It is understandable why a group of residents of Fernvale Lea protested against the decision to allow a columbarium to be built, as they had no prior knowledge of this when they bought their Build-to-Order (BTO) flats ("New tender to be called for Sengkang temple site"; last Friday).
As our population increases, there will be a constant tussle for space between the living and the dead.
To prevent a similar situation as that in Sengkang, there is good reason for the Mount Vernon columbarium to remain where it is ("Mount Vernon parlours get two more years"; April 5).
Must the new Bidadari housing estate evict 21,000 niches to make way for the 10,000 new public and 1,000 private units ("Death knell for Mount Vernon's funeral parlours?"; Oct 19, 2014)?
New BTO applicants for the Bidadari estate must know that this multi-religious columbarium has been a sanctuary for the dead since the first block was built in 1976.
This site is also known to be a haven for biodiversity and wildlife, with many species of migratory birds, including a few endangered species.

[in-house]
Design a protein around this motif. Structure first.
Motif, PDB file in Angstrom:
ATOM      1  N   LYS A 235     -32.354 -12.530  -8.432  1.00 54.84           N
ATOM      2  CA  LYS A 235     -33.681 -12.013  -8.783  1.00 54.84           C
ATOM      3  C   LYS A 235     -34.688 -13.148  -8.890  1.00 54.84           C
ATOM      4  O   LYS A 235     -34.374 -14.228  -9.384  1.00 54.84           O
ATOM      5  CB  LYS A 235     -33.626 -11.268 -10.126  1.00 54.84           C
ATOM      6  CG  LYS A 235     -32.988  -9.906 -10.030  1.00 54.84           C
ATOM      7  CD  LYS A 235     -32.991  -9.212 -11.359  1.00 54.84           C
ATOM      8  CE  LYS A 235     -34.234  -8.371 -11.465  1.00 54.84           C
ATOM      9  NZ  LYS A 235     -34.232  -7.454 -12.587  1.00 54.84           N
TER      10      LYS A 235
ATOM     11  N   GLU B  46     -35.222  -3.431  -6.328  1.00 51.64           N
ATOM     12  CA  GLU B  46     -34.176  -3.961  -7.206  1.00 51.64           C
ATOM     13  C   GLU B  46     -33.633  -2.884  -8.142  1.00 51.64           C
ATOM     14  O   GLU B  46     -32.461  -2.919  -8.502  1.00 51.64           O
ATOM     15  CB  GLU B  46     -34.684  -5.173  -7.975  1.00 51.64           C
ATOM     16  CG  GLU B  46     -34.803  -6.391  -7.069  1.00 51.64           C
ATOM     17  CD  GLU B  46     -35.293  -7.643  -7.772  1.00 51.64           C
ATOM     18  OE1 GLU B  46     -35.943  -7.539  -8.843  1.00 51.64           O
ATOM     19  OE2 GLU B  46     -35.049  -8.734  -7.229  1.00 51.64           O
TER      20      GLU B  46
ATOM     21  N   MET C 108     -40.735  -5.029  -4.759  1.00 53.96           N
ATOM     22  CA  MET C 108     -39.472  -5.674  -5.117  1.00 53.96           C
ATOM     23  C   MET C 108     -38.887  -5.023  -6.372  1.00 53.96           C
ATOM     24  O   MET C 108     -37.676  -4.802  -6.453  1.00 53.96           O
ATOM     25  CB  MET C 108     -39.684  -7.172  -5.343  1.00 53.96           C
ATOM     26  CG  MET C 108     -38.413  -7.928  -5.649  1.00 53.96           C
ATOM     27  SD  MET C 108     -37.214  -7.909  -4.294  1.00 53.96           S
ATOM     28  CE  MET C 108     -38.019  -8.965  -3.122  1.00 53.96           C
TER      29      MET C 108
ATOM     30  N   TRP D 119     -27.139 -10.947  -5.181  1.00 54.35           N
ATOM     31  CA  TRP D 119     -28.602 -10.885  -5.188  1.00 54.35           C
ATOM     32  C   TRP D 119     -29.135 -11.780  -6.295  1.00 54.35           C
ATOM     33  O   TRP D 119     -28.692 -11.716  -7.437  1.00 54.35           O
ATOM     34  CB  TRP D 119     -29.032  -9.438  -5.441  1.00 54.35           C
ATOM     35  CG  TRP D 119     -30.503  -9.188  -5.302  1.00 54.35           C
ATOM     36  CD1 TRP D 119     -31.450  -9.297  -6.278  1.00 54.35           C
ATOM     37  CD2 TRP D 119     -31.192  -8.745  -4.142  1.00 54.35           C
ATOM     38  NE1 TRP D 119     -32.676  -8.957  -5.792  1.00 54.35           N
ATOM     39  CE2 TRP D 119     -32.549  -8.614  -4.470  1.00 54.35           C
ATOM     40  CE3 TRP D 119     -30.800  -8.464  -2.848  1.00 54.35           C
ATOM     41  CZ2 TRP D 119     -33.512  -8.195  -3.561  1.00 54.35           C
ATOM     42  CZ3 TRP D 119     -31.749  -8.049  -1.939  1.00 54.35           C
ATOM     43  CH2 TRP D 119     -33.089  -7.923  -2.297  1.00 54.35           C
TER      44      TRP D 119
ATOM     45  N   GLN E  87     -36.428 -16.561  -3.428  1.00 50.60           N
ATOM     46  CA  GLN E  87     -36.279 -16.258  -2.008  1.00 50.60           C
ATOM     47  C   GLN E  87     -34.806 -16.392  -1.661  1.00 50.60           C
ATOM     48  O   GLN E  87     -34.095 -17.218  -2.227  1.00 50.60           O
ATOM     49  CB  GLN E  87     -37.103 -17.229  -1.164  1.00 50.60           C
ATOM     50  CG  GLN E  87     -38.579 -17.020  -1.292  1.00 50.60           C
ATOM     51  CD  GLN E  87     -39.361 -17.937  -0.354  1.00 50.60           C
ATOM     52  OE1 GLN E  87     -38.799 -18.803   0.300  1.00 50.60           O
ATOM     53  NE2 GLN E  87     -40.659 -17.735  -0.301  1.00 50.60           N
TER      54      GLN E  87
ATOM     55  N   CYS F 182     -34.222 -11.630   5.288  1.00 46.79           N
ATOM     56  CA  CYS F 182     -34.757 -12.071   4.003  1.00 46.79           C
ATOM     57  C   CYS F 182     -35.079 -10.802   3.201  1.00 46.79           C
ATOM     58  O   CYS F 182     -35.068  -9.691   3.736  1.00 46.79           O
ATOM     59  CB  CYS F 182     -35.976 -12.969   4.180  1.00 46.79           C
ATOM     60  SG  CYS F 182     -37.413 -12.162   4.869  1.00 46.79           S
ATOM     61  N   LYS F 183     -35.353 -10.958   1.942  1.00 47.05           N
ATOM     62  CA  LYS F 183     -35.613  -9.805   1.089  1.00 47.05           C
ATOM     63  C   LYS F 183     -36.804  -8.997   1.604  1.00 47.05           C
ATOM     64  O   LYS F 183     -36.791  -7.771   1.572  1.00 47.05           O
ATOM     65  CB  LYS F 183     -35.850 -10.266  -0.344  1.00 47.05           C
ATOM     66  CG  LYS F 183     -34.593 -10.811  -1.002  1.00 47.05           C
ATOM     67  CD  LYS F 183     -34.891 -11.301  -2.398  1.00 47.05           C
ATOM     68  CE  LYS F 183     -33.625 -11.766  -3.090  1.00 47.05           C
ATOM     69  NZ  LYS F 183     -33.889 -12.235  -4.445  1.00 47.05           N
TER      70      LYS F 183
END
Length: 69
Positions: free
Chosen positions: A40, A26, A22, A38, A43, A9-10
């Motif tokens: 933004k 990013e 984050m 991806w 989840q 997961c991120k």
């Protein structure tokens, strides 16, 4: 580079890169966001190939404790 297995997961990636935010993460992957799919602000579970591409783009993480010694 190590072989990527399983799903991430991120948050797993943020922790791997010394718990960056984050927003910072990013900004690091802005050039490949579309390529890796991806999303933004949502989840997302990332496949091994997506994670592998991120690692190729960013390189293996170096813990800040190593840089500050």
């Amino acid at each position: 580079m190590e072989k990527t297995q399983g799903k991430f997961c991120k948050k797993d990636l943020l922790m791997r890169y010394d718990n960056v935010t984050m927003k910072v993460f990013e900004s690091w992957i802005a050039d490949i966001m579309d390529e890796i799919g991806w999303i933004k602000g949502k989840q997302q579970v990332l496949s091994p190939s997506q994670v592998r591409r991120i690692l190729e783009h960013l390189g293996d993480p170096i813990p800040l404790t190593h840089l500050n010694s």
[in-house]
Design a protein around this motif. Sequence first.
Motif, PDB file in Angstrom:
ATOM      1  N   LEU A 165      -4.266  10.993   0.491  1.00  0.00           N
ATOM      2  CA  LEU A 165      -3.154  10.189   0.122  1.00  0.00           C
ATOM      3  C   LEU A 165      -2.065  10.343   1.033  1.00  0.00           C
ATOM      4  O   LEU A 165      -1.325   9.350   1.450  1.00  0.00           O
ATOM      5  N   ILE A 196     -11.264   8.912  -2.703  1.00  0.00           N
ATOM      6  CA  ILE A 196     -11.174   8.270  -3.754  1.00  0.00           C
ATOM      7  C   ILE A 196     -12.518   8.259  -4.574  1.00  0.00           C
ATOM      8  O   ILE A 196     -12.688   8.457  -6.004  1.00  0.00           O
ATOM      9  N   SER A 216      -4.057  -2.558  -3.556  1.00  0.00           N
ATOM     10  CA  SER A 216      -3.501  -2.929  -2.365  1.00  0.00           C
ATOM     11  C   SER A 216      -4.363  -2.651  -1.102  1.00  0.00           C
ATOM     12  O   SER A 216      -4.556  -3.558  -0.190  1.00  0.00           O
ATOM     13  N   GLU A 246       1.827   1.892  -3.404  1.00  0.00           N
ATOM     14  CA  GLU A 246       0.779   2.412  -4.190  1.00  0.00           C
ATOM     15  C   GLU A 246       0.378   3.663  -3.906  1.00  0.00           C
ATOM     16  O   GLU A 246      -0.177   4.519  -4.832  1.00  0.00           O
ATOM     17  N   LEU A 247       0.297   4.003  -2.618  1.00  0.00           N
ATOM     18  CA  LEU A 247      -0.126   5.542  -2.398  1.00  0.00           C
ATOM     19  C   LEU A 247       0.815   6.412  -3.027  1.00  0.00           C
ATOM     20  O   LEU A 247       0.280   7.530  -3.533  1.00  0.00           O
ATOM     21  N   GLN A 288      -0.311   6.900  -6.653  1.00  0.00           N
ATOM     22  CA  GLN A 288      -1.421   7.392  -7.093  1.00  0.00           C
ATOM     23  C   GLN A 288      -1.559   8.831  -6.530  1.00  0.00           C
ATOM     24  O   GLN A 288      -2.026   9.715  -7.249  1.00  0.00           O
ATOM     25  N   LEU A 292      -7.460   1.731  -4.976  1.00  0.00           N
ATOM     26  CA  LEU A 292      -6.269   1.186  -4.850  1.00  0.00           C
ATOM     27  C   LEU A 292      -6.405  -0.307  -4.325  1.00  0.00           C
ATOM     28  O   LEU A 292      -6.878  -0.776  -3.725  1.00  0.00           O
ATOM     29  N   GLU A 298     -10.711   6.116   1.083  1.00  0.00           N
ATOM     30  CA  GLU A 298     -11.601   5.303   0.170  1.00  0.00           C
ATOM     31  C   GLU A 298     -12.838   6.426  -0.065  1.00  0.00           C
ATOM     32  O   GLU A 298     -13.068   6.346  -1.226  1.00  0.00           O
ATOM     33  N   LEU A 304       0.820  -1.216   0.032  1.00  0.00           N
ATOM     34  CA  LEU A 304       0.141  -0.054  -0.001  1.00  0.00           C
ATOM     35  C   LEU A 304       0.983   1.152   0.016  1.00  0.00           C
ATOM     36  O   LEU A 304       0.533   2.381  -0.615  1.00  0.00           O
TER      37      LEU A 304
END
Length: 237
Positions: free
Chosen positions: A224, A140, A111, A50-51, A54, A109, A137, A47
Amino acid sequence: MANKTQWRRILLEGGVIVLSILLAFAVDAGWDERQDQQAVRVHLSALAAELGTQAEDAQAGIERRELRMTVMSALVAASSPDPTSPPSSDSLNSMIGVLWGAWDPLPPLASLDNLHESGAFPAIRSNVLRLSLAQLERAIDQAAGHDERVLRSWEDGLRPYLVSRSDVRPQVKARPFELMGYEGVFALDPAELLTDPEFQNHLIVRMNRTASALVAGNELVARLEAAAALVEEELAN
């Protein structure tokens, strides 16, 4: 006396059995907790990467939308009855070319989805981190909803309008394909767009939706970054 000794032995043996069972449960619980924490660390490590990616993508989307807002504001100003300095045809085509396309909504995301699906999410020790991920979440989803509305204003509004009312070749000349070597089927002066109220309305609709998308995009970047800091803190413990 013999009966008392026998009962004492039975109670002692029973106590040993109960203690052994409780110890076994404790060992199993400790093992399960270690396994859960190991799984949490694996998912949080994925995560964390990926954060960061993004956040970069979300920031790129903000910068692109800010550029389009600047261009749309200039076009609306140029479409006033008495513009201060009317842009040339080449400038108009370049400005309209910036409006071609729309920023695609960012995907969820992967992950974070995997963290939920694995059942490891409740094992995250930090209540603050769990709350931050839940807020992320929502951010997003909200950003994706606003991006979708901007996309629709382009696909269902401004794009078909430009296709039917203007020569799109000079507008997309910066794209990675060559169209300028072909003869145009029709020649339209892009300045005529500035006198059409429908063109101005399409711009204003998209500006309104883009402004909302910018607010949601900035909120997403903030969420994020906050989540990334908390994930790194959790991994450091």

According to the Urban Redevelopment Authority website, the Bidadari estate is to be developed with a distinct character and a sense of history.
The columbarium should be incorporated into the design of the Bidadari memorial garden and neighbourhood park. Why can't the living and the dead live in peace and tranquillity together?
With proper planning and design, I believe most Singaporeans would be able to accept a columbarium which houses the ashes of our loved ones in our urban community.
This is better than situating columbaria in some far-flung land zoned for cemetery use.
With an ageing population, there will be a greater need for columbaria.
Having them located in parks allows for present and future generations to visit the niches and reflect on and learn about our ancestry and heritage.
When respectfully maintained, they are a fitting setting where the lives of loved ones can be forever cherished and celebrated.
This article was first published on May 12, 2015.
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